Subject: Re: [boost] Synchronization (RE: [compute] review)
From: Rob Stewart (rob.stewart_at_[hidden])
Date: 2014-12-31 05:10:55
On December 31, 2014 3:15:10 AM EST, "Gruenke,Matt" <mgruenke_at_[hidden]> wrote:
> -----Original Message-----
> From: Boost [mailto:boost-bounces_at_[hidden]] On Behalf Of Thomas
> > With respect to the command_queue "guarantee" I keep my opinion that
> > consider it absolutely useful; I also don't see why it's more
> > in general (see below).
> It's error-prone, because the guarantee must have a smaller scope than
> all of the containers it's intended to protect. You can't just
> instantiate new containers as you need them. That type of usage error
> isn't possible with event guarantees.
> You're correct to point out that this applies equally to wait_list
> guarantees. Hence, I am withdrawing my support for them.
What if the guarantees were part of the construct in use and only registered or lifetime-managed objects can be used with it? By that I mean that of you want synchronization, then you create a synchronizing command queue our wait list. If you want to use host memory with it, the API requires a host memory object that was previously registered with the queue/wait list or a special host memory object with a ref count the queue/wait list can increment.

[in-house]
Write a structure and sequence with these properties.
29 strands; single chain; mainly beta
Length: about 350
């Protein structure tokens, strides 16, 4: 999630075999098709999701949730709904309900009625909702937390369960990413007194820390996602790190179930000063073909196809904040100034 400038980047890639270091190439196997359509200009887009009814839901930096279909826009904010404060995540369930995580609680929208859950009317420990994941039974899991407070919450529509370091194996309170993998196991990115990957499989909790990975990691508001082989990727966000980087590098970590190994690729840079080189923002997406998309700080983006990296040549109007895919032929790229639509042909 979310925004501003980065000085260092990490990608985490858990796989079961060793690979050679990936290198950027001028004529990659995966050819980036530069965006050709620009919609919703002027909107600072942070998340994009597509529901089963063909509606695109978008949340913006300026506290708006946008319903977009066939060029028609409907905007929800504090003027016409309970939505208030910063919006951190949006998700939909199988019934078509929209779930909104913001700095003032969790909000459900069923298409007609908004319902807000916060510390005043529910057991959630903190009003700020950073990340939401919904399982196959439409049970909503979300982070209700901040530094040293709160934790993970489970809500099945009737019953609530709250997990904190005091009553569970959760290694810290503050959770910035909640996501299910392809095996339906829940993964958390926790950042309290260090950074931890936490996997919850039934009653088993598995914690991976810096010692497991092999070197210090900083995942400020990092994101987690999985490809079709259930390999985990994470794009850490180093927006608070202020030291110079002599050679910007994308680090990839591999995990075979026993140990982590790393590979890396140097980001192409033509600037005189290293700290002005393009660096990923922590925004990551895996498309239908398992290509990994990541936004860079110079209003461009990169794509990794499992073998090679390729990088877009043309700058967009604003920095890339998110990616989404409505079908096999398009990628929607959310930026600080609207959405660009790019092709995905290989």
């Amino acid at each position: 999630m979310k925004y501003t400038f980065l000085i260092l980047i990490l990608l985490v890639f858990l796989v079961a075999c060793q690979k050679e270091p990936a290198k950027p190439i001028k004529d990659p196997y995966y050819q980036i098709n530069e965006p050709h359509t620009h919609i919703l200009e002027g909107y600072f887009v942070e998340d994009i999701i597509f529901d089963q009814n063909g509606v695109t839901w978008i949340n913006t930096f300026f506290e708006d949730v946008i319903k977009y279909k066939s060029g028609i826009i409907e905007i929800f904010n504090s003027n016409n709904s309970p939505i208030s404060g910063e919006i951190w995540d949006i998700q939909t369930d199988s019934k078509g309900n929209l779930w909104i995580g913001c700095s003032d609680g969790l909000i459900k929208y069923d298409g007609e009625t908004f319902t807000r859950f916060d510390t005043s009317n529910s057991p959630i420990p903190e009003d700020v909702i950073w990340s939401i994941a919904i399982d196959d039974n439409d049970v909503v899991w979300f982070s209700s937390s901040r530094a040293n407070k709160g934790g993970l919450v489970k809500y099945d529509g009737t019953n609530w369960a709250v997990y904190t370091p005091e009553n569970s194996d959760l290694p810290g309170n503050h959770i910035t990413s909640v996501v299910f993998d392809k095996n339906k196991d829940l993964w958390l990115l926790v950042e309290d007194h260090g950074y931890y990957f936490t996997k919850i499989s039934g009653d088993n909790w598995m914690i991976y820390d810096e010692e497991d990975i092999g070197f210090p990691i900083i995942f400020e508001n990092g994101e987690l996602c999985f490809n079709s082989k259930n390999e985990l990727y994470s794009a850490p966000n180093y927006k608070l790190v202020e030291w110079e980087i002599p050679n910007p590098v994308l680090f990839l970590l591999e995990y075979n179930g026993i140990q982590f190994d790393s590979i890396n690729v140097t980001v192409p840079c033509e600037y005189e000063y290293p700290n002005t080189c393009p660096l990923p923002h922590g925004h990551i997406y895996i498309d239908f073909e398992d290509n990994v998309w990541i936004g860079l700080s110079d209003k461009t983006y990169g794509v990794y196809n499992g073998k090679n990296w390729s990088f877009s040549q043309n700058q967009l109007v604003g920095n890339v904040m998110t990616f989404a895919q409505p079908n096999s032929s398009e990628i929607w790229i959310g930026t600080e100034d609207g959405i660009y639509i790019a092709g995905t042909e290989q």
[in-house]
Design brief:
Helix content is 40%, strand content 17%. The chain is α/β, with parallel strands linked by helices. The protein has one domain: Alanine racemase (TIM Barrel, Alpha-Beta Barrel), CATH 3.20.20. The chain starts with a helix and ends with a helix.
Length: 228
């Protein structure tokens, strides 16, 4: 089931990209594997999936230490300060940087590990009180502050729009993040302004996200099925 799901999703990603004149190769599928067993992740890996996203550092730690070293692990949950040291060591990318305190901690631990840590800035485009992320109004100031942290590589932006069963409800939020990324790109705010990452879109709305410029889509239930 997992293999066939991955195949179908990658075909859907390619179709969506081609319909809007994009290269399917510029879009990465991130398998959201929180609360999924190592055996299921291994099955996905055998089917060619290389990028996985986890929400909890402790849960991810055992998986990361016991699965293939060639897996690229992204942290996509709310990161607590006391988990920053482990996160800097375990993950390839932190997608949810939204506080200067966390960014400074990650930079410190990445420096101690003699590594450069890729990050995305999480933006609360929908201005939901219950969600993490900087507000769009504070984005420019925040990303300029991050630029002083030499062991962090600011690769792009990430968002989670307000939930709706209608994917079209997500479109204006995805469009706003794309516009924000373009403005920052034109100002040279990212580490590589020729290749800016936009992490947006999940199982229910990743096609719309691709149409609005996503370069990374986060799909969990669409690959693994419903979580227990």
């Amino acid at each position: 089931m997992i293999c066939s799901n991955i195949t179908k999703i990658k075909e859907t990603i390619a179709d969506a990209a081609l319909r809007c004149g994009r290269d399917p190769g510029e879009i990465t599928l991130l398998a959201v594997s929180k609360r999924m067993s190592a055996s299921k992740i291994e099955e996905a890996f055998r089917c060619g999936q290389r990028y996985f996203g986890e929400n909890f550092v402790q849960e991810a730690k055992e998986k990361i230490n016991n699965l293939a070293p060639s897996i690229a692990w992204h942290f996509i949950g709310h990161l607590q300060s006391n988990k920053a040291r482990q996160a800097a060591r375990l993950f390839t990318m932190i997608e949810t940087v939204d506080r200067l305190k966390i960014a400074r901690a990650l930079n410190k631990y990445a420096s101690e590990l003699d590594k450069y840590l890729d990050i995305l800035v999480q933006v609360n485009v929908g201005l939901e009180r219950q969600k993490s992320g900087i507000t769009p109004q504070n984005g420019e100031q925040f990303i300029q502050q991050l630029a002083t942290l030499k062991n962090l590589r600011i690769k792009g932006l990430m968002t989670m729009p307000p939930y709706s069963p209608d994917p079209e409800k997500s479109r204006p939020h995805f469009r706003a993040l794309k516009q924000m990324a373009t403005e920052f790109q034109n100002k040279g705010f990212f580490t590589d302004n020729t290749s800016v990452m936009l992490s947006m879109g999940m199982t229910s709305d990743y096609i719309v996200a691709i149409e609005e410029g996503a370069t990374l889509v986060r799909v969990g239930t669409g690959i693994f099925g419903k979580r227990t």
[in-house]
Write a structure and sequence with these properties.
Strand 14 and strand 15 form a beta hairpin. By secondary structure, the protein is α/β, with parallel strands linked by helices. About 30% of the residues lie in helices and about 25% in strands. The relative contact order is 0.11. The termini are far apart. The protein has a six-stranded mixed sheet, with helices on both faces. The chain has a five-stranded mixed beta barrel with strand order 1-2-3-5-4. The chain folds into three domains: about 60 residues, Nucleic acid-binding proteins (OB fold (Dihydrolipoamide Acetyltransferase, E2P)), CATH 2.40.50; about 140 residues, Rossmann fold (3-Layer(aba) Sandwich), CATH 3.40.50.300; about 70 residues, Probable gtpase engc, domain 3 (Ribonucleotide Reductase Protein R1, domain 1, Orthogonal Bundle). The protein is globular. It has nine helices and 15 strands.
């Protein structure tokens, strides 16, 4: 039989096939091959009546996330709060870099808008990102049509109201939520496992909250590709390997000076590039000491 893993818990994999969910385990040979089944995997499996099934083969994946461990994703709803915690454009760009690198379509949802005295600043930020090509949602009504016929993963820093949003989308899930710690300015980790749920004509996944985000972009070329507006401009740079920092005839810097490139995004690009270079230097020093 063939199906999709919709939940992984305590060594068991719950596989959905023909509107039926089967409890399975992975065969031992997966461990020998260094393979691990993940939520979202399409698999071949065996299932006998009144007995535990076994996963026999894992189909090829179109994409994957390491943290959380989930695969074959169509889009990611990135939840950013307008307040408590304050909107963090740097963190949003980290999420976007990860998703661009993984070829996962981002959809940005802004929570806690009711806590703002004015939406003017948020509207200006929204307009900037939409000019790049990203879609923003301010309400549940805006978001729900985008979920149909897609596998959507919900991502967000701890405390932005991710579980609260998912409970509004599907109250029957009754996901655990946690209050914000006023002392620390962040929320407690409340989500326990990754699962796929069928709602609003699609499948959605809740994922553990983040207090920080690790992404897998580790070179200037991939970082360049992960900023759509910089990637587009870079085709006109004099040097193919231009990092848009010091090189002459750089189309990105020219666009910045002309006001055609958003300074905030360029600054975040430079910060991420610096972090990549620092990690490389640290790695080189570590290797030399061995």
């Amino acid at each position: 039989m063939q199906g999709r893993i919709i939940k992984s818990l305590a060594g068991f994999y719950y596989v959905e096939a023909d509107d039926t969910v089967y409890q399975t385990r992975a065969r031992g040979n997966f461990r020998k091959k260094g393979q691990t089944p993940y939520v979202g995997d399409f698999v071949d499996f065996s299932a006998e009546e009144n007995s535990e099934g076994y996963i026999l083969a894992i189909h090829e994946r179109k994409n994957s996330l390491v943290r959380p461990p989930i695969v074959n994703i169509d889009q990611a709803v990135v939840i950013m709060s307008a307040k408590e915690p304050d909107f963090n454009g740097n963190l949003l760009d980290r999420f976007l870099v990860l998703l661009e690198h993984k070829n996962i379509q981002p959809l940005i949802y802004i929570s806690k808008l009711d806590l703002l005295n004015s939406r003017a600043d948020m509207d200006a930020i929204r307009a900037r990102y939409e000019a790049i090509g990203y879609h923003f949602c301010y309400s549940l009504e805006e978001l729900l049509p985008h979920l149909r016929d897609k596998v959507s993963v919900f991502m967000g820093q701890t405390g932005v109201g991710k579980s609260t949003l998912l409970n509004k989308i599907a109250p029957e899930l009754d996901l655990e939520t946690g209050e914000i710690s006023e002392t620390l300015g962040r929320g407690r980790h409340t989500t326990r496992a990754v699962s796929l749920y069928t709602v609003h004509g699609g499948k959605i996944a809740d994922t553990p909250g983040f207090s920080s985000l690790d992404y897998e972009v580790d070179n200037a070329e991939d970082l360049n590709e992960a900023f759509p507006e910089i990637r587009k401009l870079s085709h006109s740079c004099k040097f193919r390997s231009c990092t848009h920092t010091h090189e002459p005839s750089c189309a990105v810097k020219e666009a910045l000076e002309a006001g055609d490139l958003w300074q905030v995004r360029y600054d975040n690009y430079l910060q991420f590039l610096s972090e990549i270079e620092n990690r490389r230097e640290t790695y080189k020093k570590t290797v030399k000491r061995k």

The point is to have an interface that enforces correct lifetime management rather than relying on the user to remember to do certain things in a certain order.
Another thought is to get the guarantee from the queue/wait list and then pass it to constructors and APIs that should be protected. That doesn't preclude using unprotected objects and calls unless the queue/wait list can verify that it's guarantee object was used to create the object handed to it or on the API call invoked on it whenever there is an extant guarantee object.
(Sent from my portable computation engine)